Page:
Original Research ARTICLE
Infant Early Gut Colonization by Lachnospiraceae: High Frequency of Ruminococcus gnavus
- Facoltà di Scienze Agrarie, Alimentari e Ambientali, Istituto di Microbiologia, Università Cattolica del Sacro Cuore, Piacenza, Italy
Lachnospiraceae is a bacterial family usually isolated from human and mammalian intestinal microbiota. However, its presence and role in the infant microbiota is not fully elucidated. This may be due to the strictly anaerobic behavior of its members that hampers the possibility of culture-dependent enumeration. Here, we report on the presence of this bacterial group, using biomolecular techniques, in stool samples from 25 babies aged between 1 and 24 months. Denaturing gradient gel electrophoresis (DGGE) was used as a first detection step, and data were confirmed by quantitative PCR (qPCR). The DGGE showed the presence of Lachnospiraceae in infant fecal specimens and indicated the prevalence of Ruminococcus gnavus (R. gnavus). The qPCR confirmed the presence of the Clostridium XVIa group, Blautia genus, and R. gnavus, which are the main members of this family. We detected R. gnavus in 22 of 25 (88%) samples with a qPCR probe assay. Despite the difficulties associated with their detection and enumeration, Lachnospiraceae, and in particular R. gnavus, should be included in future studies on the infant microbiota composition.
The bacterial composition of gut microbiota in early life is of paramount relevance for the health of infants and also later on, as colonization by commensal human intestinal bacteria stimulates a range of important functions, from postnatal intestinal development to maintenance of the mucosal barrier and nutrient absorption (1). The massive use of culture-independent, DNA-based techniques has improved our knowledge about the presence of bacterial species not easily cultured. The infant core microbiota is composed of species belonging to the phylum Firmicutes (including Clostridium, Enterococcus, Lactobacillus, and Ruminococcus) or to the phylum Bacteroidetes (including Bacteroides and Prevotella genera), and these phyla constitute over 90% of the known phylogenetic categories found in the human intestine (2, 3). The use of DNA-based techniques confirmed that breast-fed infants have a microbiota dominated by Bifidobacterium (4, 5) with a lower presence of Escherichia coli (E. coli), Clostridium difficile (C. difficile), the Bacteroides fragilis (B. fragilis) group, and lactobacilli than the microbiota of exclusively formula-fed infants (6).
In recent years, members of Lachnospiraceae, a family of the order Clostridiales, have been detected, using DNA-based approaches, as constituents of mammalian intestinal microbiota, including that of humans (7). Lachnospiraceae constitutes one of the major taxonomic groups of the human gut microbiota that degrade complex polysaccharides to short-chain fatty acids, including acetate, butyrate, and propionate, that can be used for energy by the host (8). Other animals commonly harbor Lachnospiraceae, with herbivores having a higher abundance than carnivores (9). The wide range of functions carried out by Lachnospiraceae may influence their relative abundance in gut communities of different hosts.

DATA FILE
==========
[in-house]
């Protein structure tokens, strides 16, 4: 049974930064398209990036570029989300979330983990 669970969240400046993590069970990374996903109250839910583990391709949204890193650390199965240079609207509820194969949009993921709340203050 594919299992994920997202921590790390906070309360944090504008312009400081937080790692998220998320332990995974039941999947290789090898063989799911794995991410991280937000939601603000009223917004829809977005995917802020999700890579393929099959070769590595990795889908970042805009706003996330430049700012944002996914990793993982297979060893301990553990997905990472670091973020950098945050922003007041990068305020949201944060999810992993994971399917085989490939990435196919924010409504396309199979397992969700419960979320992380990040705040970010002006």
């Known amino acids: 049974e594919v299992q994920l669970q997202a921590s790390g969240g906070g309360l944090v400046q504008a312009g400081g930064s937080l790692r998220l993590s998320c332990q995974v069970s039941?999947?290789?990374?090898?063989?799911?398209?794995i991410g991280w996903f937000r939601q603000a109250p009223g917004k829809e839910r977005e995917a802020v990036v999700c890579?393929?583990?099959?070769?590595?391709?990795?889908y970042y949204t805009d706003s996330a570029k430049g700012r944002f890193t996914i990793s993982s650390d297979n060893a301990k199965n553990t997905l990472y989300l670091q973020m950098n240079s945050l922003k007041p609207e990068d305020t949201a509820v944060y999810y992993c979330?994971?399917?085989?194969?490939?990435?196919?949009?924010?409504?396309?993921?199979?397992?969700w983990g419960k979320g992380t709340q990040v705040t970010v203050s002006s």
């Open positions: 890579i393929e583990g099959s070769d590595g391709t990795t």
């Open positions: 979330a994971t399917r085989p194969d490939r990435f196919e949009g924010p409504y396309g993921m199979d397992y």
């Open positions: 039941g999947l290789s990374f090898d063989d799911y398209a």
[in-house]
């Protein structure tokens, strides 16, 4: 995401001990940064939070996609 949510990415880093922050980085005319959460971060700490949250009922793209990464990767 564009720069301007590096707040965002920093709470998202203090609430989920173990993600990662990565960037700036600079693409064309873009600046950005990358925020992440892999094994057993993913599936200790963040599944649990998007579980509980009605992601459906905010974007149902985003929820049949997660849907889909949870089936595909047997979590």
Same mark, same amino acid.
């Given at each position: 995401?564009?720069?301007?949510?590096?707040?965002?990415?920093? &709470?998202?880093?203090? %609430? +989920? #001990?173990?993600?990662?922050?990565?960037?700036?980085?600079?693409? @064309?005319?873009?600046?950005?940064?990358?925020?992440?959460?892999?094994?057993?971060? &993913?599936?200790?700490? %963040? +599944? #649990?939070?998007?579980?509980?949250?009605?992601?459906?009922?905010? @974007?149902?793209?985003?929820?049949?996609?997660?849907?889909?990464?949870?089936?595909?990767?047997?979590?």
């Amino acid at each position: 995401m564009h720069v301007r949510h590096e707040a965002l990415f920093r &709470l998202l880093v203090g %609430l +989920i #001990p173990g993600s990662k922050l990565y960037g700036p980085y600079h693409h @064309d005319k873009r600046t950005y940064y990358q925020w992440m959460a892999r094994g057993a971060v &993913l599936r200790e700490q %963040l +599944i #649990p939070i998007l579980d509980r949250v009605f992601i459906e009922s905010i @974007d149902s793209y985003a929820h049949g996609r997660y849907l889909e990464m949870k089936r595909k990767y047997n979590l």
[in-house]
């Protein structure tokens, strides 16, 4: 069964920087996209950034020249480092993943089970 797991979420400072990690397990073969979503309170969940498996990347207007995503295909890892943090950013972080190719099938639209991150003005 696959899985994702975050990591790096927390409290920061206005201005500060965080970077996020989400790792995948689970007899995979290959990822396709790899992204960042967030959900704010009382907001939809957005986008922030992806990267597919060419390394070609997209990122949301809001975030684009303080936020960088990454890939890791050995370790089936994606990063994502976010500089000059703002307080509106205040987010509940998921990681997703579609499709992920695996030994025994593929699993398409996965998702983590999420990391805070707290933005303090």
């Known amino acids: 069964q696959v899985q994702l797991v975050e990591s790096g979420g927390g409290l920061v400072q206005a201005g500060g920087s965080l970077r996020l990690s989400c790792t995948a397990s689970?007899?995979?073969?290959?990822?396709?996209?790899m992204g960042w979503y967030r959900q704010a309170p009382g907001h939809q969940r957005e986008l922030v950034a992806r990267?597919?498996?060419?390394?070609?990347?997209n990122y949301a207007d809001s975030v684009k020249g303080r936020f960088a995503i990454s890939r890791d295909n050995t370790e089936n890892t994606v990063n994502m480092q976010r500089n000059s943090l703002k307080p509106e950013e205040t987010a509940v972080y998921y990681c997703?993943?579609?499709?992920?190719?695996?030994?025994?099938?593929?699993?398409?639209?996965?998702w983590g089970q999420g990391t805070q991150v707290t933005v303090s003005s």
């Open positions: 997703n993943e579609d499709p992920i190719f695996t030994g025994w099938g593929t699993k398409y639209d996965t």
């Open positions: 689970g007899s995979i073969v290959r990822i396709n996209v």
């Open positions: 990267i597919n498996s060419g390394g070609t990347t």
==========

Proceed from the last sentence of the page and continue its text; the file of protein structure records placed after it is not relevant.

The Lachnospiraceae family is formed by 24 named genera, including Ruminococcus, Blautia, Dorea, and Lachnoanaerobaculum as well as a number of incertae sedis strains (10) sharing a high degree of similarity among their 16S rDNA sequences (11, 12). Some members of this family are non-spore-forming, but all of them are strictly anaerobes (12). In human adults, members of this family have been associated with protection against C. difficile infections (13) and obesity (14). They are also known as potent short fatty acid producers (15). However, despite their apparent importance, little is known about their presence and possible roles played by these bacteria in the early life of humans.
Members of this family, mainly belonging to the genus Ruminococcus, have been identified in the stool samples of neonates and infants (16–18), while it was impossible to detect their presence in 46 babies delivered by natural delivery or cesarean section (19). Their presence was also confirmed in babies fed soy milk (20) or goat milk (21). Results of this latter study suggested a relevant presence of members of the species of Ruminococcus gnavus (R. gnavus) in babies fed breast milk or goat milk formula compared with babies fed cow milk formula, while Bifidobacteriaceae were abundant in the microbiota of infants in all three groups.
The present study aimed to assess the presence of Lachnospiraceae as a component of the infant microbiota in a group of 25 infants, focusing on Ruminococci and in particular the presence of R. gnavus, from the first month up to the second year of life by means of denaturing gradient gel electrophoresis (DGGE) and quantitative PCR (qPCR). To further assess our hypothesis that Lachnospiraceae could be a dominant bacterial group in the infant gut from the first month to the second year of life, qPCR was used to quantitate the total Bifidobacterium species for a reference.
Materials and Methods